Speaking Truth IN Power

If to be critically literate is to fight the power, to speak truth to power by prescribing what counts as true  (which truth always looks like Truth talking, a mere inversion of the status quo), then to be “positionally” literate is to speak one’s truth in power, by describing—or giving an account of and accounting for—one’s position in a field of positions, some more powerful, i.e. in accord with the forces of the status quo, some less so (which is a truth talking—and an intervention in the status quo).

Positional literacy in the template university (U 2.0) is the modest courage to ask after templated education, to put it in question in order to give a better account of the university, of teaching and learning, of the classroom, etc.

This is necessary because the university dissembles. It openly declares its design and designedness, not to mention, its designs, but reduces them all to a single principle: process as product—process in-itself, the university in aeterna. This is design that pretends it’s not. (To operate, this principle requires a procedure of continuous feedback aimed at total [ac]countability—which procedure requires standard measures, i.e. templates.)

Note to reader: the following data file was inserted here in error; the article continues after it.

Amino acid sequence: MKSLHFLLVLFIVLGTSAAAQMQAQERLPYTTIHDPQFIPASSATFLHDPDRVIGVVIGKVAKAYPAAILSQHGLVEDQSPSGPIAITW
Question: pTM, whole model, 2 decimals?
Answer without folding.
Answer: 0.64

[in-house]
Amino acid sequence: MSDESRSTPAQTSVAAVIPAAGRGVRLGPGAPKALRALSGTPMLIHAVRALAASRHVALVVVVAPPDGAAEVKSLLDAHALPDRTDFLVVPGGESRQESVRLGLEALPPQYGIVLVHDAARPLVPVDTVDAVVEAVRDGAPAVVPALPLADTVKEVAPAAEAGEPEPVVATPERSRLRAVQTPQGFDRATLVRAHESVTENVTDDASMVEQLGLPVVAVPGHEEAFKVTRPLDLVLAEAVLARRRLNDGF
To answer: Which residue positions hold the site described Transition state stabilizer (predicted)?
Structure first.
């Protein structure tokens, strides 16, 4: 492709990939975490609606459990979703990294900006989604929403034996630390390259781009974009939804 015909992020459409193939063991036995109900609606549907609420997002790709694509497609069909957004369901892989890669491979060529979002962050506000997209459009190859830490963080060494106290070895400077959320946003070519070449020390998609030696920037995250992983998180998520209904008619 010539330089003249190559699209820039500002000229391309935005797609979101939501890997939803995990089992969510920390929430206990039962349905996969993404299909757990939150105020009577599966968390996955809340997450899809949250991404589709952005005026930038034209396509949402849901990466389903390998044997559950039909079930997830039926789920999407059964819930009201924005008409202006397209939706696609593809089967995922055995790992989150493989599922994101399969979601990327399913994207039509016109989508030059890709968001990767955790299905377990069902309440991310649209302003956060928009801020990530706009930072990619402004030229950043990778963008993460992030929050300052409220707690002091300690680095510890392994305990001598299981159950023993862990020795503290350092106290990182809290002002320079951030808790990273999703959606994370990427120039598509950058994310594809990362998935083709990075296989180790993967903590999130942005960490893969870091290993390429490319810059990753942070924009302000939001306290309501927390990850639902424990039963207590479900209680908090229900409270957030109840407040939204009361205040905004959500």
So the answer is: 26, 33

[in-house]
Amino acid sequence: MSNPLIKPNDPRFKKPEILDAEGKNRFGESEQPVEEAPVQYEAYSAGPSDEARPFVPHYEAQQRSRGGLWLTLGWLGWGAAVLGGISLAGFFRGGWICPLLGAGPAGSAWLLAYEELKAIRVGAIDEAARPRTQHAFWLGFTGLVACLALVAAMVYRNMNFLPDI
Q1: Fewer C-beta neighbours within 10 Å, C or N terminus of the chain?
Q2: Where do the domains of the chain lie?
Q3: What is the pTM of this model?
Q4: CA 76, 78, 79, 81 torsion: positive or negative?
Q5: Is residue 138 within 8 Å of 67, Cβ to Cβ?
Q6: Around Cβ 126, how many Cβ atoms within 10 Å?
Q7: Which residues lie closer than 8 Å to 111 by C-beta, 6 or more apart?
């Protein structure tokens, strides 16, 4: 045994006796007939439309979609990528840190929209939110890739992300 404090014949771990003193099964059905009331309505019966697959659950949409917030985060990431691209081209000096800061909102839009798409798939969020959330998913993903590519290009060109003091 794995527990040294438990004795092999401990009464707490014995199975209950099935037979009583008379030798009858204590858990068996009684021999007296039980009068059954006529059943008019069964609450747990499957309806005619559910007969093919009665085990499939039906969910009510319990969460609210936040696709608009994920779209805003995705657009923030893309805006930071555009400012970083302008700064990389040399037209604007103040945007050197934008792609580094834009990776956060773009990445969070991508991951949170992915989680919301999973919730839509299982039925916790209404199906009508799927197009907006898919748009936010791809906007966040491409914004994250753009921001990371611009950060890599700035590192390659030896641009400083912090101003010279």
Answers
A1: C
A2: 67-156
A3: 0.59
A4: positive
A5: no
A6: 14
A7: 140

The fixation on process is, of course, self-defence—and pretence (designed again, then). The university in aeterna has embraced process because it feels itself threatened at every moment, as if throwing up its arms and saying “Look! I’m entirely transparent to process; I’m free of design!” makes it less of a threat. (This threat is, however, turned inward upon its inhabitants.)

The academic today cannot but serve this design, as they dis-assemble and re-assemble stuff more or less according to templates. But this can be done viciously or virtuously: by working to measure, e.g., counting throughputs and outputs (speaking the Truth of power), or by hard-to-measure work like giving an account of oneself (speaking truth in power).


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